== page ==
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Mr. GARDNER. Mr. Chairman, I've enjoyed serving on the committee with the gentlelady from California, but I must oppose the amendment.

Talking about the process that we're going through on regulations, you know, this is the very heart of the bill, to understand the cost feasibility, what pressures regulations can put on the price of energy, the price of gasoline, and whether or not these regulations are going to cause price increases.

In fact, we know very well that they are going to cause price increases because we've had testimony from the Environmental Protection Agency admitting that some of these regulations, proposed regulations that they have on the books, or that they have promulgated contemplating will increase the price of gasoline and other prices in other energy areas.

These have real effects on consumers. In fact, if you just increase the price of gasoline by a penny a gallon, it will increase the daily cost to the American consumers and businesses millions and millions of dollars each and every day, one penny a gallon costing our economy millions and millions of dollars a day.

And so with this we're trying to actually say let's take a look at it to understand. We're not stopping them from going forward with their plans or developing rules. Certainly, we want to encourage the protection of our environment and make sure they're doing their job to protect our environment.

But we also need to have our eyes open and make sure that we have a chance to look before we leap when it comes to these regulations.

Delving down into the EPA's own process, though, if you look at what happens under the regulatory process, the cumulative impact analyses are feasible and already required by President Clinton's Executive Order 12866 and President Obama's Executive Order 13563. As recently as March of this year, just a couple of months ago, the White House issued a memo reiterating that ``agencies should take active steps to take account of the cumulative effects of new and existing rules.''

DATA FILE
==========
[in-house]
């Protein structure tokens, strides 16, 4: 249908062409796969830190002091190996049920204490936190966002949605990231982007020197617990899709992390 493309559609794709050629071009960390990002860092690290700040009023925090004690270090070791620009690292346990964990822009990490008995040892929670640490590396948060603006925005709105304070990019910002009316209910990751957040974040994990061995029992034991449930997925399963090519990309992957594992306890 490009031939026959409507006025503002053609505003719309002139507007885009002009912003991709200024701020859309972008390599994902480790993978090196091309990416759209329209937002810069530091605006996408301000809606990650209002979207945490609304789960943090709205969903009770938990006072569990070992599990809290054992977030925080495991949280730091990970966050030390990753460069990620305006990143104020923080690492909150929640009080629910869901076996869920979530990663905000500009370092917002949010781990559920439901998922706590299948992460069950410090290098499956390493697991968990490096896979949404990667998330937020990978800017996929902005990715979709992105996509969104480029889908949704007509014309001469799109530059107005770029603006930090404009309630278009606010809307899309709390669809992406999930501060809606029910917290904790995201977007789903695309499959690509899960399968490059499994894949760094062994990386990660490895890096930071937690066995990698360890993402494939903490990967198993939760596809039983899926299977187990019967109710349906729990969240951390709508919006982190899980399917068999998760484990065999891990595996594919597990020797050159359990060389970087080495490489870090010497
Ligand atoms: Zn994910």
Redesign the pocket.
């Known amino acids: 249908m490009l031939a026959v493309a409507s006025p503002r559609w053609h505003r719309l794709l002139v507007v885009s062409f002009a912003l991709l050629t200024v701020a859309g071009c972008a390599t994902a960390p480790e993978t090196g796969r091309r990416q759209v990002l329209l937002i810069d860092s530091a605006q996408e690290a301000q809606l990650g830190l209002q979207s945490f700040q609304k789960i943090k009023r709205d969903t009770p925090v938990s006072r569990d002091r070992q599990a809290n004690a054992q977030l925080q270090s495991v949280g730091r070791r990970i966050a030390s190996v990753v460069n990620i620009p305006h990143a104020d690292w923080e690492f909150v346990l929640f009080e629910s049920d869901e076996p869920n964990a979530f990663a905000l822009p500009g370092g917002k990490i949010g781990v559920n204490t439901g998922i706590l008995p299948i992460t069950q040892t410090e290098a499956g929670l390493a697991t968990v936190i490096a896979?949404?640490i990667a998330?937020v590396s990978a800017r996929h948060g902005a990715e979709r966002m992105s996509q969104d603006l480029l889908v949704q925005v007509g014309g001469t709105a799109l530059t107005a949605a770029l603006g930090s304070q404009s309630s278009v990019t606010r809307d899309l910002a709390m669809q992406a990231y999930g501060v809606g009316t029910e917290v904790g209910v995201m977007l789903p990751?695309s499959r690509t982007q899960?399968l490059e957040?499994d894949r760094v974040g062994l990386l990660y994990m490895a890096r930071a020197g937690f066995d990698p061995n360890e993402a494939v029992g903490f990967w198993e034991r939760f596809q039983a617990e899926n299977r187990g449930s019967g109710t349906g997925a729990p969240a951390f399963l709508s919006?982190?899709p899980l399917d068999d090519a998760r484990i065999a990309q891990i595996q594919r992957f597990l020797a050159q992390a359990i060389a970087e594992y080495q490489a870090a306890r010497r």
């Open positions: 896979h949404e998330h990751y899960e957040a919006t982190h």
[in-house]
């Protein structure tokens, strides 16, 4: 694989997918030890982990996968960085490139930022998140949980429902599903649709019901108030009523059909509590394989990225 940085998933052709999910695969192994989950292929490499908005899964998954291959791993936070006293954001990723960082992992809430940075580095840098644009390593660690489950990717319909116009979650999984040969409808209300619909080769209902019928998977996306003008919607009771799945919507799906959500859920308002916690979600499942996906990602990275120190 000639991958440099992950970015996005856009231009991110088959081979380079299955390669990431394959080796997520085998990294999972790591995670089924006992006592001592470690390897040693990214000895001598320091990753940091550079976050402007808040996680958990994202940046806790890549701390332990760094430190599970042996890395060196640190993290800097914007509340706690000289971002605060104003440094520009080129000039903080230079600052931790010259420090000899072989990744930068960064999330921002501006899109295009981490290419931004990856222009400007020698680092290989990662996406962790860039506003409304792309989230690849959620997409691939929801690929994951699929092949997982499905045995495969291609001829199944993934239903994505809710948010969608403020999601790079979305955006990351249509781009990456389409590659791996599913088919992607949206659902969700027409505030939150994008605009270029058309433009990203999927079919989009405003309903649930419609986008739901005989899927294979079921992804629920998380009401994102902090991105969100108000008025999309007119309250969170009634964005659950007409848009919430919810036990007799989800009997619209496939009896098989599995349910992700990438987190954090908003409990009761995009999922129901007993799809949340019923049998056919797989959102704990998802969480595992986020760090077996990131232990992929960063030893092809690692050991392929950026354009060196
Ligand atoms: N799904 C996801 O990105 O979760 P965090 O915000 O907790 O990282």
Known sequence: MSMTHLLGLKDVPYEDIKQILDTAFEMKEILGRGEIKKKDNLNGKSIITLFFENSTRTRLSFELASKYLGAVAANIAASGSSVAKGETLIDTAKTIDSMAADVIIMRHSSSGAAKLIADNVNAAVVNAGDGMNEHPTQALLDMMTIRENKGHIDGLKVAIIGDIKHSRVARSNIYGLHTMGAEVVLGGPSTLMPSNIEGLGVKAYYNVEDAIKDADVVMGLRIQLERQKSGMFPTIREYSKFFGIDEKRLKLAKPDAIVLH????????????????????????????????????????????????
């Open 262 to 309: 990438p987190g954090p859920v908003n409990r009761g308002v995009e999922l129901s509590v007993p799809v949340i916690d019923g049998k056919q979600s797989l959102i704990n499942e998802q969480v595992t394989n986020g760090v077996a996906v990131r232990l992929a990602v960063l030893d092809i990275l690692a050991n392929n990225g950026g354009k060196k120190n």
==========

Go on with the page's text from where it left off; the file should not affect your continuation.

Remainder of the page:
The EPA's own action development process, the internal process of the EPA, requires that the analysis start early in rule development. That doesn't say you wait until the rule is developed. It doesn't say you wait until it's all done, complete, out there. Early in the rule development process, action development process, taking a look at it.

This information's available. They've got the data. They've got the studies. It's time that they use that information to understand the impact that it will have on our constituents back home who are finding it increasingly difficult to balance the cost of energy with costs like paying for their home mortgage, putting food on the table. And that's why we have an opportunity, with this bill, to create American energy security and to create jobs in this country.

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Mr. GARDNER. Again, analyzing rules is part of its job. That's part of the EPA's job. It's part of the DOE's job. The DOE has a budget in excess of $26 billion. In fact, we found out just a couple of days ago that one program at the Department of Energy is costing $1.2 million per job created. It has the resources to do it within existing funds. This isn't going to cost any new money. What it is going to do is to make sure that we're protecting the American consumers before cost increases occur. With that, I urge a ``no'' vote on the amendment.